- If you have a pending consumer proposal, you may not file another until all claims in your previous proposal have been fully serviced or you’ve filed for bankruptcy
Benefits Of Filing A Consumer Proposal
While it’s understandable that seeking any type of debt relief is a hard choice you should understand that filing a consumer proposal can be beneficial to both you and your finances.
- Surplus income isn’t something you need to worry about, as it is with a bankruptcy
- Your assets will not be seized
- Your payments will never change or increase, even if you get a higher income.
- The negative impact on your credit report and credit score will not be as severe, compared to bankruptcy. A consumer proposal will usually lead to an R7 credit rating, whereas a bankruptcy will lead to an R9
- You only need to pay back a portion of your debts
If you had to resort to bankruptcy and need to rebuild your credit, read this.
Disadvantages Of Filing A Consumer Proposal
While filing for a consumer proposal could be exactly what you needed to get your finances back on track, it’s important to remember that a consumer proposal will not:
- Allow you to pick which debts will be included in the process
- Remove any alimony or child support payments or obligations you currently have
- Remove your current student debts responsibilities
- Include your secured debts (mortgage, car loan etc.)
- Some creditors may not accept your proposal, regardless of your situation
- If you default on a proposal, you will not be eligible for a second so do not file for assistance unless you are sure you can see it through
- Your proposal will stay on your credit report for six to seven years, a factor that will negatively impact future eligibility.
How Does A Consumer Proposal Affect Credit?
When you file a consumer proposal, you’re asking your creditors to accept repayment of a certain percentage of the total amount you actually owe them, over an agreed amount of time. Throughout the proposal period, your debts still exist in the eyes of the credit reporting bureaus (Equifax and TransUnion) and with the creditor to whom you were indebted.
When you file for a consumer proposal you’ll be given one of the lowest possible crediting ratings: R7. This will remain on your credit report for 6-7 years (depending on the province you live in) or 3 years after your consumer proposal is complete, whichever comes first.
This credit rating will affect your ability to obtain credit in the future. However, with time and effort, you can rebuild your credit and regain control of your finances. Just be sure that your credit bureaus are properly updating your credit report. You can send a copy of the “certificate of full performance” to your credit bureaus to ensure they update your credit report.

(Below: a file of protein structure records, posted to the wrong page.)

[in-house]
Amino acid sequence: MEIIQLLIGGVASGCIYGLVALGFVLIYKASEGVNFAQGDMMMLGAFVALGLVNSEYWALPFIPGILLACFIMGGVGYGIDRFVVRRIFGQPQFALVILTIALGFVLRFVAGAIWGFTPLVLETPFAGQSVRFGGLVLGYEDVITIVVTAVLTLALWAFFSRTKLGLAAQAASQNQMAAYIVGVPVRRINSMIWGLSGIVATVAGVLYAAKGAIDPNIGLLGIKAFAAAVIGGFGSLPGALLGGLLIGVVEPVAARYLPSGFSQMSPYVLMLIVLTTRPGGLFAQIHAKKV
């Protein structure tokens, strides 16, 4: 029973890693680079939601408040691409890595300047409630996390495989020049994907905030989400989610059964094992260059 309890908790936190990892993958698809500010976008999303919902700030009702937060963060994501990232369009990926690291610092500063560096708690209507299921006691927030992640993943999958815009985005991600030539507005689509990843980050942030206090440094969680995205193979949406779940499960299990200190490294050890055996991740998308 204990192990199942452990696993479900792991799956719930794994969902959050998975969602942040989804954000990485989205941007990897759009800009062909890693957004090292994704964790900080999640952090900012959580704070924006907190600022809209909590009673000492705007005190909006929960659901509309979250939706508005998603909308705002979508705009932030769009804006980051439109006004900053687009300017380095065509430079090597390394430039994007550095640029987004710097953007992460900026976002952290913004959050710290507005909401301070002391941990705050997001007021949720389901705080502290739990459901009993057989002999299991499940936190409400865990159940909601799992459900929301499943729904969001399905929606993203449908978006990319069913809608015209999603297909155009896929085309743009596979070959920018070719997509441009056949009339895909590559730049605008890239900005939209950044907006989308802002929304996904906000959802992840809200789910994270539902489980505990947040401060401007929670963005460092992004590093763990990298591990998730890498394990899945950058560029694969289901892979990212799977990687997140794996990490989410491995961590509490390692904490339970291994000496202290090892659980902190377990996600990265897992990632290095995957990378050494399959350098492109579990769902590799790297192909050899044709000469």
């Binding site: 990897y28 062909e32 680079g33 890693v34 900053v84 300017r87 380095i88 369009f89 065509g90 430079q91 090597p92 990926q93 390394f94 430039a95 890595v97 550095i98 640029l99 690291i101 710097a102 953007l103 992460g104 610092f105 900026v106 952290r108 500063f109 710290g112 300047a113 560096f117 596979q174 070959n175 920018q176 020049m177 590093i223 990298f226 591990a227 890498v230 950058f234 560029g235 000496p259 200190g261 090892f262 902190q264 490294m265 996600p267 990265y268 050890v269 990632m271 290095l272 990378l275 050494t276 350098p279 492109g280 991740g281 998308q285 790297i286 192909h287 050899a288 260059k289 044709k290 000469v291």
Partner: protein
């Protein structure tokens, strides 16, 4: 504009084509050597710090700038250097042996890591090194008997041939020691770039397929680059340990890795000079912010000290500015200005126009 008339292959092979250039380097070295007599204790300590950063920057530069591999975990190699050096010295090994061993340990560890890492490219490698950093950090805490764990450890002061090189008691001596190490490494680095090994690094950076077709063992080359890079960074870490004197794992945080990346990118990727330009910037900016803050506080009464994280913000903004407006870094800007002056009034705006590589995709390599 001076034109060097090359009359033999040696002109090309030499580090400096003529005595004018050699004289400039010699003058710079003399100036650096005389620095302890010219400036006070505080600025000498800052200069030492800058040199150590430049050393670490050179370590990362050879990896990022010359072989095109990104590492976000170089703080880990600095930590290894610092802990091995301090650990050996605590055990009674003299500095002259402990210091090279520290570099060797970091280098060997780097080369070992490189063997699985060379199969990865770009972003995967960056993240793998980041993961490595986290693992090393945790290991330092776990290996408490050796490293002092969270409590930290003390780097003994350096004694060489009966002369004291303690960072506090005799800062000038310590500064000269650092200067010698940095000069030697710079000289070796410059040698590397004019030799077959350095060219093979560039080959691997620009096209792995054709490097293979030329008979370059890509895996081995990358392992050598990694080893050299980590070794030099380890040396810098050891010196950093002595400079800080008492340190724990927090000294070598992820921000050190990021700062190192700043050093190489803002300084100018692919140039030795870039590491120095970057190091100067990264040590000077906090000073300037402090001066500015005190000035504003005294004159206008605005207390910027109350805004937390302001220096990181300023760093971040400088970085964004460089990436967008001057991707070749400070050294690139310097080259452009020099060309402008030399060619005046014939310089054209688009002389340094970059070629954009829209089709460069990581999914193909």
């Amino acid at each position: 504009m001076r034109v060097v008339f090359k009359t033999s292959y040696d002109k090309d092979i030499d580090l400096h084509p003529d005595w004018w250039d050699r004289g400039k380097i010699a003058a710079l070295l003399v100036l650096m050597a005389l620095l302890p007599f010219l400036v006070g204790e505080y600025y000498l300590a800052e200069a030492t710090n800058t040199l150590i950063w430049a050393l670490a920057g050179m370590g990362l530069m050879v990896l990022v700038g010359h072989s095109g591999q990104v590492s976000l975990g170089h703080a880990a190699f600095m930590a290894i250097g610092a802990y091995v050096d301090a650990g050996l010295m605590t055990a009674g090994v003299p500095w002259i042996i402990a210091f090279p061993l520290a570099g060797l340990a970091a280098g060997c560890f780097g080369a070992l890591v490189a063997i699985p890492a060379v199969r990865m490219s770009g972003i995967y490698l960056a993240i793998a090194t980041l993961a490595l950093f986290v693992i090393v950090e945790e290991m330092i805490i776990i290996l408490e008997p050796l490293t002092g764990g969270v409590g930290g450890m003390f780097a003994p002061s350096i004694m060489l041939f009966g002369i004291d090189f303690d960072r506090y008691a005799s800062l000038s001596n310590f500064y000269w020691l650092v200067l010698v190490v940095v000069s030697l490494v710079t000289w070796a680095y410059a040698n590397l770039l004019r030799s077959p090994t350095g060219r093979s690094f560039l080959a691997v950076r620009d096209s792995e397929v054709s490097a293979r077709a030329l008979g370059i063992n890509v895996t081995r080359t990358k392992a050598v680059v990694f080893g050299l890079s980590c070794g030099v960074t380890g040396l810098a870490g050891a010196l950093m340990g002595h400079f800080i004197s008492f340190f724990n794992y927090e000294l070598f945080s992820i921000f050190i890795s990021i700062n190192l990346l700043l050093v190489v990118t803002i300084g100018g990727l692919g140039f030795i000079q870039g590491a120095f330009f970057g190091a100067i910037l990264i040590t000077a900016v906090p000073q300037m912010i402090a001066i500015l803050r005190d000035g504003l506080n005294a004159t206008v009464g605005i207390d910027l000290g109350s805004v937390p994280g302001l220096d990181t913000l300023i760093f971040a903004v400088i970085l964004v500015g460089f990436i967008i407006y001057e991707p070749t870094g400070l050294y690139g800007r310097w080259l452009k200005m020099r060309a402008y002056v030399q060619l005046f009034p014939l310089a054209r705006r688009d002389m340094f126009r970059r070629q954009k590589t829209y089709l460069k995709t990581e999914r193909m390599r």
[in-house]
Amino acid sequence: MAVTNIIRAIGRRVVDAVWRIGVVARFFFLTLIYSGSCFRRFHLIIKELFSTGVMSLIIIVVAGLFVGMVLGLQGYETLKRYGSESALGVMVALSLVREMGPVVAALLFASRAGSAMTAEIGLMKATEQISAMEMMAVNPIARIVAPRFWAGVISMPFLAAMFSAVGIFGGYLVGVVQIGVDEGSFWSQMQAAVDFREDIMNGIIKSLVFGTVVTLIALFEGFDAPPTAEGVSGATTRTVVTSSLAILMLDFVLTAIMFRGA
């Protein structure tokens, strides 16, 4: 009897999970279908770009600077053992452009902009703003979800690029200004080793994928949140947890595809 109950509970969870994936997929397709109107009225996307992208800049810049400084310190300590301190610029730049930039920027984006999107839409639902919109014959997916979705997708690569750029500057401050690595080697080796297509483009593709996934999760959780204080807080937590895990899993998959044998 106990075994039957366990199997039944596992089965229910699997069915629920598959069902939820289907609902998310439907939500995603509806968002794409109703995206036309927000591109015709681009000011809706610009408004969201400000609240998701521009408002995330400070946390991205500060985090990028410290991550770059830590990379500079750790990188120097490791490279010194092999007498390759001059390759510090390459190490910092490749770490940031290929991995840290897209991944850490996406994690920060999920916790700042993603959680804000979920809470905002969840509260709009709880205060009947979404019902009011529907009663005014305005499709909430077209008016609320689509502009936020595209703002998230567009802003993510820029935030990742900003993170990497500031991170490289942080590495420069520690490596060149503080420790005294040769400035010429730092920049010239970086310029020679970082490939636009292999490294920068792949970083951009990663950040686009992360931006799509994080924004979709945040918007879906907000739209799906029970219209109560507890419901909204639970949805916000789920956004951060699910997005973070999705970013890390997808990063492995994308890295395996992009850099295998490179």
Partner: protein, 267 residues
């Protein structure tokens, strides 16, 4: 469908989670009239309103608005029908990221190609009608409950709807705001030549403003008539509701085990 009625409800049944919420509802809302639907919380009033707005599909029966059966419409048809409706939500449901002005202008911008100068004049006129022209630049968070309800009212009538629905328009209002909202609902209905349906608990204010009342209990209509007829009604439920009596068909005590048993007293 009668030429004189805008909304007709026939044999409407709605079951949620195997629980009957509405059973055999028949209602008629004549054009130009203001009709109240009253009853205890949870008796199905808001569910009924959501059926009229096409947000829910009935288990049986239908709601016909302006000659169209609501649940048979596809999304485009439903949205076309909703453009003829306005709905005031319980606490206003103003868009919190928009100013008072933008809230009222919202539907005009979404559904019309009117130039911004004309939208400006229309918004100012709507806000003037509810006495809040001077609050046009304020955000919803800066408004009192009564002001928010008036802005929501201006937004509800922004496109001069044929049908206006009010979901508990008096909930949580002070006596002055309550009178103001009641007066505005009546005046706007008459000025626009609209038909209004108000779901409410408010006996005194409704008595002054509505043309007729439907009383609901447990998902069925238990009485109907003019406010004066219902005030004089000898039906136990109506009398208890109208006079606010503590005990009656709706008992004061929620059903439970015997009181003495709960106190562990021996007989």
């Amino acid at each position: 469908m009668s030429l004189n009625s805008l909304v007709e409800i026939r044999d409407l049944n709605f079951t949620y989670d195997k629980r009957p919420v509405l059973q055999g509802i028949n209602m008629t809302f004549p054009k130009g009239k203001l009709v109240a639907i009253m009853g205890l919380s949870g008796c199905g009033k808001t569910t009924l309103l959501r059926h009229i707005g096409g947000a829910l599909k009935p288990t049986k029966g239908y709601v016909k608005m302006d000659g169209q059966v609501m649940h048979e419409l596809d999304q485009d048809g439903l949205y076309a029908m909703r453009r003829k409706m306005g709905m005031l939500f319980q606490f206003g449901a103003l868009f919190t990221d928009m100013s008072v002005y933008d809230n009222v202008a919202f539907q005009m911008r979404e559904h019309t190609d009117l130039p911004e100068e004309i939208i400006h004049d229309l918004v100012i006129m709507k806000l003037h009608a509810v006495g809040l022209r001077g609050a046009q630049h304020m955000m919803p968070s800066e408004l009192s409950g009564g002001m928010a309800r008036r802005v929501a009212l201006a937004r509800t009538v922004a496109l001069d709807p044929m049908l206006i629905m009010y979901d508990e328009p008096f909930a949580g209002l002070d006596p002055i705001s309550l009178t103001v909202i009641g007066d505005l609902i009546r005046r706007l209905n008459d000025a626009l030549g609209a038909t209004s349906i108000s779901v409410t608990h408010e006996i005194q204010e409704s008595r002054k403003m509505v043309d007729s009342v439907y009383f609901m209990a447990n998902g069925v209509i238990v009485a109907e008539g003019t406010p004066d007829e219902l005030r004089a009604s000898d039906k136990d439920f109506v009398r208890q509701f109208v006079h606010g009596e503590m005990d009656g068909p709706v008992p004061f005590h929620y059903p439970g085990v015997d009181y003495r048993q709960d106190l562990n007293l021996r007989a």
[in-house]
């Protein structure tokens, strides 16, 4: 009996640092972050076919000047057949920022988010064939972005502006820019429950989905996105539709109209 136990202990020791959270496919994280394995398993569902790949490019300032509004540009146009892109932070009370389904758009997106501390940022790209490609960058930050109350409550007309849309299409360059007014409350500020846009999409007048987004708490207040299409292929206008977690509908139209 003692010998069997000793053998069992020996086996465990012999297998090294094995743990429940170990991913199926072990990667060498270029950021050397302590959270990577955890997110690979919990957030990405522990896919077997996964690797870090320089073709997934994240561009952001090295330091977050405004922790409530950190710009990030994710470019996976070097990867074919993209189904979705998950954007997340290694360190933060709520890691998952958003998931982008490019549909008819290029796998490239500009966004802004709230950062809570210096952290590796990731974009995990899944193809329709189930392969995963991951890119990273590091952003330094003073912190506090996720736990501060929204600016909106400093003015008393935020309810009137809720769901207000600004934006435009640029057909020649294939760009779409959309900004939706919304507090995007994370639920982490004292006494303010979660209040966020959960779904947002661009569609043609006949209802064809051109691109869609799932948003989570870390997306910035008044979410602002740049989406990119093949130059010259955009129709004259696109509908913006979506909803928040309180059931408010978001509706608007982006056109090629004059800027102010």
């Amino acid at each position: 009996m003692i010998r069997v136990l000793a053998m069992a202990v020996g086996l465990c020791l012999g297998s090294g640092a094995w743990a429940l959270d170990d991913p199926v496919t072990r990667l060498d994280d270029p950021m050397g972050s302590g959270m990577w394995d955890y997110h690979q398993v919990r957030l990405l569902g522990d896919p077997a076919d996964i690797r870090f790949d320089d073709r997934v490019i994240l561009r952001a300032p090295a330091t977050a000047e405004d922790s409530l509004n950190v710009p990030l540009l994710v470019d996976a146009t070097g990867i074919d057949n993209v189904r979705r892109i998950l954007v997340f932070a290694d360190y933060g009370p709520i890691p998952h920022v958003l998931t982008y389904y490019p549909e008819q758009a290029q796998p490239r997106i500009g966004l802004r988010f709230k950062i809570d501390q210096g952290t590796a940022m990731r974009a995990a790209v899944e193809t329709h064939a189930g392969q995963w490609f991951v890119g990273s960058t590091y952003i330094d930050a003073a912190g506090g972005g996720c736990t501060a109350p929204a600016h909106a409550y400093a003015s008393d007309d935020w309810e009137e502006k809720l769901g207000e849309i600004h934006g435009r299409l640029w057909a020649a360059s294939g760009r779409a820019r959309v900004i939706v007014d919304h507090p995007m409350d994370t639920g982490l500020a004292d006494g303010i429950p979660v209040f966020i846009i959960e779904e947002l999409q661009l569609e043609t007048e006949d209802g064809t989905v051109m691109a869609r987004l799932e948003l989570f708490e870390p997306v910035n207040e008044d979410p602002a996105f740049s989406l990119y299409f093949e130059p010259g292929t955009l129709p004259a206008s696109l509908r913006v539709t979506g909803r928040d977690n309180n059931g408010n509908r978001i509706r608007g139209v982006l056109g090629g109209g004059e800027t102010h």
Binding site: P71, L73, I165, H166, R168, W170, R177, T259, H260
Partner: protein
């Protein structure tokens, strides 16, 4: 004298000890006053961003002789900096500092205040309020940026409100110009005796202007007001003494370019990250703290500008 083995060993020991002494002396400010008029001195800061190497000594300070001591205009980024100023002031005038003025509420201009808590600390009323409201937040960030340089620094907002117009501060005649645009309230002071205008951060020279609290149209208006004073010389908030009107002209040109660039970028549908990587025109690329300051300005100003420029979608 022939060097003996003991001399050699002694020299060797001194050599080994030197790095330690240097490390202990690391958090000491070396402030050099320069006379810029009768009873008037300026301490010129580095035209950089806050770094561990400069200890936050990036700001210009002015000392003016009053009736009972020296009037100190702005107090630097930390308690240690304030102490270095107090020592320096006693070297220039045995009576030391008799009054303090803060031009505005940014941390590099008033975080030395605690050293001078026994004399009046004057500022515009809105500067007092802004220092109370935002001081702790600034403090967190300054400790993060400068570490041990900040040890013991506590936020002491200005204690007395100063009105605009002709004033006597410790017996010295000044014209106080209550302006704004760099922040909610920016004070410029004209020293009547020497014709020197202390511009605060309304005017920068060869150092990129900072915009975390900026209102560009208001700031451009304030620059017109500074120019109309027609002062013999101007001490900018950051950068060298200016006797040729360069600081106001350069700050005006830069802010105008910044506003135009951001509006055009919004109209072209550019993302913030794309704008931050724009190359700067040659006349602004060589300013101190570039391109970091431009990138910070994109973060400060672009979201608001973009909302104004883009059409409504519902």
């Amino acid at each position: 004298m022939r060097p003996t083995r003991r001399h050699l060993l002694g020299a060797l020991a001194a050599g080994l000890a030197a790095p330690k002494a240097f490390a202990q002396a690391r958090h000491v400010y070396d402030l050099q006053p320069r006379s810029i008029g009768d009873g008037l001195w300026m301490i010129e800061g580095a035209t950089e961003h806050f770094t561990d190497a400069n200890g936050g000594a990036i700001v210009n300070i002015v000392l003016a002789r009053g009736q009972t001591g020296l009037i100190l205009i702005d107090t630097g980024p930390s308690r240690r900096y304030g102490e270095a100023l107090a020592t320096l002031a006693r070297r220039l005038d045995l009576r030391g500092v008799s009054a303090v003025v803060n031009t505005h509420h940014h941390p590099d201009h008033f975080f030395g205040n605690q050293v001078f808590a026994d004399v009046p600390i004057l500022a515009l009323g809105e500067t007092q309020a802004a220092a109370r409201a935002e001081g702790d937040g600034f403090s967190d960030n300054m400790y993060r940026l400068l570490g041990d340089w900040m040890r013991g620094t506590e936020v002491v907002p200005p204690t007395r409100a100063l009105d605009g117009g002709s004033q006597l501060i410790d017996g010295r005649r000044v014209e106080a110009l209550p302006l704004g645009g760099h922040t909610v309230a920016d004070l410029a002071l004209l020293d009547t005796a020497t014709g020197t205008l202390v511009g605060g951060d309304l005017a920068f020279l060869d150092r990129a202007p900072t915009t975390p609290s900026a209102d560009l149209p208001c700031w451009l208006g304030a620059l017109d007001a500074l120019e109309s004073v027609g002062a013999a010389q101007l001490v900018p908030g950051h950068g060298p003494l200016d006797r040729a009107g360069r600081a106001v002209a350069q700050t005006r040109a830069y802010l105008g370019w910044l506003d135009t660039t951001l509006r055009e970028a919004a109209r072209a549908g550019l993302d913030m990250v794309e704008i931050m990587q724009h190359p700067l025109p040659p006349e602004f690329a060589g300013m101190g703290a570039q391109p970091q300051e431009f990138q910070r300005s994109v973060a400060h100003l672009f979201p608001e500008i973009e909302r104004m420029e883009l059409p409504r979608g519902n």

Filing A Joint Consumer Proposal
Most types of debt can be shared with another person, for example when you co-sign a loan both individuals are equally responsible. Shared debt is most common among married couples or couples who live together, although this is not always the case. A joint filling is also possible where more than one person co-operates in filing a consumer proposal. The individuals who are filing the consumer proposal must have “all or substantially all” similar debts, there is no actual definition for what “substantially all” means so be prepared for your consumer proposal proceedings to be unique to your current debt situation.
Remember that while you might be permitted to file a joint consumer proposal, each individual is responsible for all of the payments. What this means is that if one of the people who agreed to split the payments can’t afford to pay them, the other person will be solely responsible for the payments. It is also possible for your proposal to be annulled should one or both of you be unable to make the payments.
What happens if I miss my consumer proposal payments?
Can you be rejected for a consumer proposal?
Can you switch from a bankruptcy to a consumer proposal?
Can you file for a consumer proposal if you have debt over $250,000?
Speak With an Expert
Consumer proposals offer a viable alternative to bankruptcy for people under financial difficulties. To gather more detailed information concerning consumer proposals and consequently determine if you qualify, we can’t recommend enough that you speak with a debt specialist. A debt specialist will be able to provide you with information pertinent to your situation and guide you’re through whichever option you choose.
The sooner you get in contact with a debt specialist, the sooner you’ll be able to start your journey towards a better financial future for yourself and your family. If you’re interested in being matched with a debt specialist in your area, Loans Canada can help.